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You Could Make Fivefold Gains in Chinese Stocks, Starting Now

By Dr. Steve Sjuggerud
Thursday, February 14, 2013

When the Chinese government wants its stock market to go up, it goes up... a lot.
It's happened several times in history...
It happened from 1996 to 1997... and again in 2005. (Heck, Chinese stocks soared fivefold in just two years starting in 2005, the last time the Chinese government wanted the stock market to go up.)
Today, the Chinese government wants the stock market to go up again.
Even better, Chinese stocks are incredibly cheap, and the uptrend has begun. In short, we have the perfect conditions for a triple-digit profit, courtesy of the Chinese government. Let me explain...
I first visited China in 1996. When I realized what was happening with the Chinese government, I recommended the largest blue-chip Chinese stock I could find to my readers...
You see, to push stocks higher, the government tried floating a variety of rumors. The government rumor that sparked the biggest rise was that China was going to allow local Chinese investors to buy shares of foreigner-only stocks.
Chinese stocks soared. My readers pocketed close to a triple-digit gain in a very short period of time.
But eventually, China's government worried that its rumors pushed stocks up too much. So it floated the opposite rumor... The company we'd pocketed nearly a double on eventually lost over 80% of its value.
This has happened multiple times. The most recent time was in 2005, just before Chinese stocks soared fivefold. And it's happening again, today...
Last month, China's top securities regulator announced it would increase by 10-fold the amount of money qualified foreign institutional investors are allowed to invest in Chinese stocks.
We have seen this play out before... China gets behind its stock market, and the market soars. It's already happening, as I write. And because Chinese stocks are so cheap, I believe we have an easy shot at triple-digit gains...
As I explained in December, the Shanghai Composite Index now trades for the cheapest price-to-earnings (P/E) and price-to-book (P/B) ratios we've ever seen. In fact, Chinese stocks are even cheaper today than they were in 2005, right before the market soared fivefold in two years. Take a look...
 The Shanghai Composite is at All-Time Low Valuations
This index of blue-chip Chinese companies traded for over 40 times earnings in 2007. And over the last 15 years, its average P/E ratio has been over 30. Today, this index trades for less than 10 times earnings...
Our starting point is basically the cheapest point in the history of the Shanghai Composite Index (based on the P/E and P/B ratios).
Chinese stocks have bottomed, and we now have our uptrend in place. Even better, the Chinese government is doing everything it can to push the stock market higher.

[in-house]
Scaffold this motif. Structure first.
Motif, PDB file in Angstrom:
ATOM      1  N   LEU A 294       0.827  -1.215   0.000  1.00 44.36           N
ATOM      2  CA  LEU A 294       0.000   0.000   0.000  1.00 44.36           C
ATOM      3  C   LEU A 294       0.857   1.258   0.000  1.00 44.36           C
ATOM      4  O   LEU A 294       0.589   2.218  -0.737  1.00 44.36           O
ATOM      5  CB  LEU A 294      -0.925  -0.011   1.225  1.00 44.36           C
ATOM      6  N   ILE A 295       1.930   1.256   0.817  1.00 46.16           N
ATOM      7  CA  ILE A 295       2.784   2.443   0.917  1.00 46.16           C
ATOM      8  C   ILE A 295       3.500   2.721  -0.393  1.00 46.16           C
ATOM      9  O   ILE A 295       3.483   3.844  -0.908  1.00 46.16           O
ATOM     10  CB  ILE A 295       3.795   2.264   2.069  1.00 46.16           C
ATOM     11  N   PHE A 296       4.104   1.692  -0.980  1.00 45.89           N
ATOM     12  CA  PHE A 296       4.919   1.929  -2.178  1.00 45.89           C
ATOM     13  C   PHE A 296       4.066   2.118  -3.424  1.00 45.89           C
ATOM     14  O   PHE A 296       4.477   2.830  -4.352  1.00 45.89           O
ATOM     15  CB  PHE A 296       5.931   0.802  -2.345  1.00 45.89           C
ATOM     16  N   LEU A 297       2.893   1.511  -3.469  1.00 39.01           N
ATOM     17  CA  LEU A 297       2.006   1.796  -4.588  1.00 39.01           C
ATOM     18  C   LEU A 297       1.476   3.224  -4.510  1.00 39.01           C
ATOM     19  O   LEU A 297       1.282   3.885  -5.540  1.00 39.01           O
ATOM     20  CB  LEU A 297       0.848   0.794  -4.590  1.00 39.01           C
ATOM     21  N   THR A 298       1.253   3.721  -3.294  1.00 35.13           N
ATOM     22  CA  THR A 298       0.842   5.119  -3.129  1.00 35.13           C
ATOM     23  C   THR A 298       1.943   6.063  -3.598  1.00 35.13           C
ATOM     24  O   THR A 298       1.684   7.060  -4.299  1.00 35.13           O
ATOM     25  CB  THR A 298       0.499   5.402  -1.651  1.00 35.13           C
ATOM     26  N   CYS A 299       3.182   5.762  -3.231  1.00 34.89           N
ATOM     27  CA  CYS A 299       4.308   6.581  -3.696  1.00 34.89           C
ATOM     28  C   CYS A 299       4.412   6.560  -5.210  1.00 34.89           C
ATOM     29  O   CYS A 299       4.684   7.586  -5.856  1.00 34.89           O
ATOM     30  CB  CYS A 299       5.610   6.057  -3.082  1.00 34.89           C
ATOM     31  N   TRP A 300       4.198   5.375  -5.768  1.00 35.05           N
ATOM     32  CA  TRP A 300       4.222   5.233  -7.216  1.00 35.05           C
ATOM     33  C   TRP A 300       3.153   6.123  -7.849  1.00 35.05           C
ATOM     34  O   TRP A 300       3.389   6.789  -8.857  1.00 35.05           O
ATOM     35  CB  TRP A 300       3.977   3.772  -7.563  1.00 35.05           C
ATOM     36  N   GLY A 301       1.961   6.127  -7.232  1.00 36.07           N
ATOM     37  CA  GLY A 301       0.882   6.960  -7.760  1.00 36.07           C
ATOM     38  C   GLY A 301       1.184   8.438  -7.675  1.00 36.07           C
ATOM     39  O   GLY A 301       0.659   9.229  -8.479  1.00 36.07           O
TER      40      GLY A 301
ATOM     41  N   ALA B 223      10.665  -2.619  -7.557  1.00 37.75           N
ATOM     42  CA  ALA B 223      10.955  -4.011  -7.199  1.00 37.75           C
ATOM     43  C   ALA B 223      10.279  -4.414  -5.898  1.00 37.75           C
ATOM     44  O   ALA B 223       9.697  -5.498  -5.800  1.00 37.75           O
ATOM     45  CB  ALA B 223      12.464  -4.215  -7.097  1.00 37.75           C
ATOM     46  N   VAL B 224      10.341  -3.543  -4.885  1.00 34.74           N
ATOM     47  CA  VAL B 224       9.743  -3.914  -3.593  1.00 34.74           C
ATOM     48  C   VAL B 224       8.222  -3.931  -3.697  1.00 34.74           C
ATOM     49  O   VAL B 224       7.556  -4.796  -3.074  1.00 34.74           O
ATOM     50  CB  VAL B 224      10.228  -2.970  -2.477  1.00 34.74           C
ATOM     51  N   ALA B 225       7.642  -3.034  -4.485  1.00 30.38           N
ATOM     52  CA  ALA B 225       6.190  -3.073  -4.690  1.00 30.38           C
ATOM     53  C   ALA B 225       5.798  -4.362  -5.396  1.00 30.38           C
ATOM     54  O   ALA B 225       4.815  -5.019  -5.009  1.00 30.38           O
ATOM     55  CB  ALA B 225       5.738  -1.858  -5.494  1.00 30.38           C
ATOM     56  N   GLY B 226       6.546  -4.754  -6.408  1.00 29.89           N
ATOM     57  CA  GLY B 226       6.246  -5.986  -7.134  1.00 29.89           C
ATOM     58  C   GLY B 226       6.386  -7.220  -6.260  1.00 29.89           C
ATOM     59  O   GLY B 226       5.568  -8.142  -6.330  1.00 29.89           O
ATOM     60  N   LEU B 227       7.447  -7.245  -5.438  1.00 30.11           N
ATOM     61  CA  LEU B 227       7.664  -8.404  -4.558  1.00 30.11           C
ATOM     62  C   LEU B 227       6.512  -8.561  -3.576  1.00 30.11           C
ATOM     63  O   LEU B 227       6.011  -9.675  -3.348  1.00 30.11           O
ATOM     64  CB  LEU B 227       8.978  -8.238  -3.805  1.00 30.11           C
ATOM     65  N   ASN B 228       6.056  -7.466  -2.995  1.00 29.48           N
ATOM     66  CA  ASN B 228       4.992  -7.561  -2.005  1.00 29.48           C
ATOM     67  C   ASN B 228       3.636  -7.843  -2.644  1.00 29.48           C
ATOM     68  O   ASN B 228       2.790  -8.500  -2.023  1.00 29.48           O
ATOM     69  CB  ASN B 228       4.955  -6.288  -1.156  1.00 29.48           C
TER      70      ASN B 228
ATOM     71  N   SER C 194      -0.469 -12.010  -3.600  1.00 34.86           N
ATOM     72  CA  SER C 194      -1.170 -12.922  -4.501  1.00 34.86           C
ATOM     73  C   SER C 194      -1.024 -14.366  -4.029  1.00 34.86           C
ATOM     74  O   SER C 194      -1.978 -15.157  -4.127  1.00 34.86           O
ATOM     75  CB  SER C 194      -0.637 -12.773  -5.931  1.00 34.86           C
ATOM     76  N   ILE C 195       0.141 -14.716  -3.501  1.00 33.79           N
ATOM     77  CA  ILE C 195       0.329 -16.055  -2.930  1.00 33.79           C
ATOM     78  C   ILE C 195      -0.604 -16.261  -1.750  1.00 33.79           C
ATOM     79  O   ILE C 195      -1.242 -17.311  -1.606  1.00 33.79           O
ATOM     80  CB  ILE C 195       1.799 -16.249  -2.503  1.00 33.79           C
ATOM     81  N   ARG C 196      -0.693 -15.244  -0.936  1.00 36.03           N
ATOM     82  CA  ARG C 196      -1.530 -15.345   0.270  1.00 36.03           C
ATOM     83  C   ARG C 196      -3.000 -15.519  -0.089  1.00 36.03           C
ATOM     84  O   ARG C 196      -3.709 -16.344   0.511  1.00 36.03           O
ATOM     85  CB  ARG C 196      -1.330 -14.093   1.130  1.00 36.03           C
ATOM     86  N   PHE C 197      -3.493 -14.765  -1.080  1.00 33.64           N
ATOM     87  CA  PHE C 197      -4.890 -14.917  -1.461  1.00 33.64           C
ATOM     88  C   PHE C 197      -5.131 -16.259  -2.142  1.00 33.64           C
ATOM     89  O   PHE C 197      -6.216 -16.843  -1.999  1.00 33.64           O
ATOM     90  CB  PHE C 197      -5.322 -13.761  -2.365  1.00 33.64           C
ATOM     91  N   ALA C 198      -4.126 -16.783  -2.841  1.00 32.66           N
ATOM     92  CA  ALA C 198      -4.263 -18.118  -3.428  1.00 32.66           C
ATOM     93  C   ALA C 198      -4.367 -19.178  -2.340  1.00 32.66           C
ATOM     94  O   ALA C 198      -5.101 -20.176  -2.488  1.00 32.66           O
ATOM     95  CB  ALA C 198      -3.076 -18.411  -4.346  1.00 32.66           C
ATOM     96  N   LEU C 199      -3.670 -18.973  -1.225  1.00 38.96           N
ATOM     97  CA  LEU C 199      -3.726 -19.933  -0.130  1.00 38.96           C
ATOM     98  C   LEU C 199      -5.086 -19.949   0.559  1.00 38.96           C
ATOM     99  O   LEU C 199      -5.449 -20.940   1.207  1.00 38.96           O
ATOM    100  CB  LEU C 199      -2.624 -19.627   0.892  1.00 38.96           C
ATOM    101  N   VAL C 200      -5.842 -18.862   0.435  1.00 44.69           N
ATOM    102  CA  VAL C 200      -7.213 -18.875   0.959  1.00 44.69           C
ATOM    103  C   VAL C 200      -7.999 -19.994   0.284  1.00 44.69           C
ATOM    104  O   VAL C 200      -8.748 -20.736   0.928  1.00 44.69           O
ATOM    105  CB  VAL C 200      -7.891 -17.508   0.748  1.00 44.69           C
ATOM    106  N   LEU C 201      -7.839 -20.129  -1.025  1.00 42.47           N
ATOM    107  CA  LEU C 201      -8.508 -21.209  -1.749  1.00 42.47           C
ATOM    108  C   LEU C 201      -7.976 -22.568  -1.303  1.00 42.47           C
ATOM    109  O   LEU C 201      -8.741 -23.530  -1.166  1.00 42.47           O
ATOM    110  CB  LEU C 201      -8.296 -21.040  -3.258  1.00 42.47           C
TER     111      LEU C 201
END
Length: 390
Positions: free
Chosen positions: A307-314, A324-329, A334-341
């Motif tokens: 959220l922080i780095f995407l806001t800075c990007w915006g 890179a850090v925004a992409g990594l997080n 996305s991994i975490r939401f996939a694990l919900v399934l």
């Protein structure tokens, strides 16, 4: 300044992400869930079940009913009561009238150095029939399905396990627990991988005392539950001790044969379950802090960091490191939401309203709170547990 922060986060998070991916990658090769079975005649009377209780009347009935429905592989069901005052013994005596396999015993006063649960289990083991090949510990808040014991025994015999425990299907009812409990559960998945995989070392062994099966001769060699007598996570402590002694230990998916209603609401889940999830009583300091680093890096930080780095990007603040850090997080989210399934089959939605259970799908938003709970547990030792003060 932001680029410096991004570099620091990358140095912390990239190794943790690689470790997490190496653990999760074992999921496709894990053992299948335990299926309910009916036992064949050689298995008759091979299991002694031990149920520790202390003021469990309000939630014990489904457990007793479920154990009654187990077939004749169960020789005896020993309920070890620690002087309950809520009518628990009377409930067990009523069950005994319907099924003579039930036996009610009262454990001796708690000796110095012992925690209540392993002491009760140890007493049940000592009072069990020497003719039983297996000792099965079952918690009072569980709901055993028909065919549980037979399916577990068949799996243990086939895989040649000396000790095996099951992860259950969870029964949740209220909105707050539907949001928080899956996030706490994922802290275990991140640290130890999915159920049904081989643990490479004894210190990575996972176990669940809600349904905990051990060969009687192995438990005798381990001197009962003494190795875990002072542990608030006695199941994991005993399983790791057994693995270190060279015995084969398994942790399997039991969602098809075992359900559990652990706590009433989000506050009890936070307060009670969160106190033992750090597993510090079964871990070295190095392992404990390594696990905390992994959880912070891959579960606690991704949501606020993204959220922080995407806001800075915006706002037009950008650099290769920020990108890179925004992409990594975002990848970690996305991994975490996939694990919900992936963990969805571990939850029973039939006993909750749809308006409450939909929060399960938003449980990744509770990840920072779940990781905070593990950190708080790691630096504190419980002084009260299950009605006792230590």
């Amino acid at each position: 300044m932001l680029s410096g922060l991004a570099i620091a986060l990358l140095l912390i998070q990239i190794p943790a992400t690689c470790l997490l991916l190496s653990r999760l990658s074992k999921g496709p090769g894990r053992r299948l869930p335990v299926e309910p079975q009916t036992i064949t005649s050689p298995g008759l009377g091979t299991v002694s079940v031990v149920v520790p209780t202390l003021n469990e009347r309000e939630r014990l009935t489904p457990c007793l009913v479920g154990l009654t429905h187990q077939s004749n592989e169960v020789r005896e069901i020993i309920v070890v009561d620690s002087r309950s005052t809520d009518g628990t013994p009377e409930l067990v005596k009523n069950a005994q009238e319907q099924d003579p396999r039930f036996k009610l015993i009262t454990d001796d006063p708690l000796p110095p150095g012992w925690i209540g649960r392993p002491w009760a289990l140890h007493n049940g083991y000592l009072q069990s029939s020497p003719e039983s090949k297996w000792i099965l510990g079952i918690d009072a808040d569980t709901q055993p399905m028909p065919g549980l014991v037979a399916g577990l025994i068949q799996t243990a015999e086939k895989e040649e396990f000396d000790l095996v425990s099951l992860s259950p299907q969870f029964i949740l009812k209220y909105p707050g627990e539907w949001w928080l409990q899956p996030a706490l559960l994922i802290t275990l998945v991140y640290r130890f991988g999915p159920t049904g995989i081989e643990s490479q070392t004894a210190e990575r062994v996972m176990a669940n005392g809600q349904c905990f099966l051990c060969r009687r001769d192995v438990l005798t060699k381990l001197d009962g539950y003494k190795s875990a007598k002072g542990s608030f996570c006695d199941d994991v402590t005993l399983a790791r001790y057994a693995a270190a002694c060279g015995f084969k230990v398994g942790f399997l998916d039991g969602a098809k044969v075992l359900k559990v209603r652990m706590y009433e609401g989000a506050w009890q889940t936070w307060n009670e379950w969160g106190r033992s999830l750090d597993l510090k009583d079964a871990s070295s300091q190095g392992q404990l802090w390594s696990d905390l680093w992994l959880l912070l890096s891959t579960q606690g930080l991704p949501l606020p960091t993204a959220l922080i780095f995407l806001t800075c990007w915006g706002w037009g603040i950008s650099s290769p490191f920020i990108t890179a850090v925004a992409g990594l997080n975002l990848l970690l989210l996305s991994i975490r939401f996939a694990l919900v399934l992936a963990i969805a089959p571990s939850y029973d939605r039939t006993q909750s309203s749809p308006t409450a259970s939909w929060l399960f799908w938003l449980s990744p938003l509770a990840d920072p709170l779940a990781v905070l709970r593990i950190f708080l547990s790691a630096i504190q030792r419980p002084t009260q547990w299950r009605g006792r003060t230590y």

If the 2005-2007 bull market is any indication, our upside potential is hundreds of percent.
I can't give away the exact details of my True Wealth recommendation for local China shares. But you can consider the Market Vectors China Fund (NYSE: PEK). It's a one-click way to trade the Shanghai Composite Index. Check it out...
Good investing,

Further Reading:

"China has been very much out of favor with international investors," emerging-markets investor Peter Churchouse said in December. But that's good news: Huge gains start from "very much out of favor." And today – with record-cheap stocks – China is offering big-upside opportunities. Learn more here: Everyone's Forgotten About China... Huge Gains Start from Here.
China is also presenting a great setup for natural resource investors. The country's strengthening economy has seen a resurgence in commodity demand... creating huge tailwinds for industrial materials like copper, iron ore, uranium, platinum, and coal.

Market Notes


More good news for America... the XLF is in a big bull market.
Regular DailyWealth readers know we monitor the U.S. financial stock fund (XLF) to gauge the action in the banking sector. With large weightings in JPMorgan, Bank of America, Goldman Sachs, and Citigroup, the XLF represents the backbone of the U.S. financial system. It rises and falls according to America's ability to earn money, save money, service debts, start businesses, and generally just "get along." 
Like most assets, the XLF suffered a major decline in 2011. This was when many people were worried the European debt crisis would crash the world's economy. But over the past 18 months, it's been a different story...
As you can see from today's chart, it is a positive story. The XLF has climbed from its 2011 low of $11 per share to $17.74 per share. This week, shares touched a multi-year high. For now, it's a bull market in American finance.
– Brian Hunt
U.S. Financial Fund (XLF) Surges to a New High

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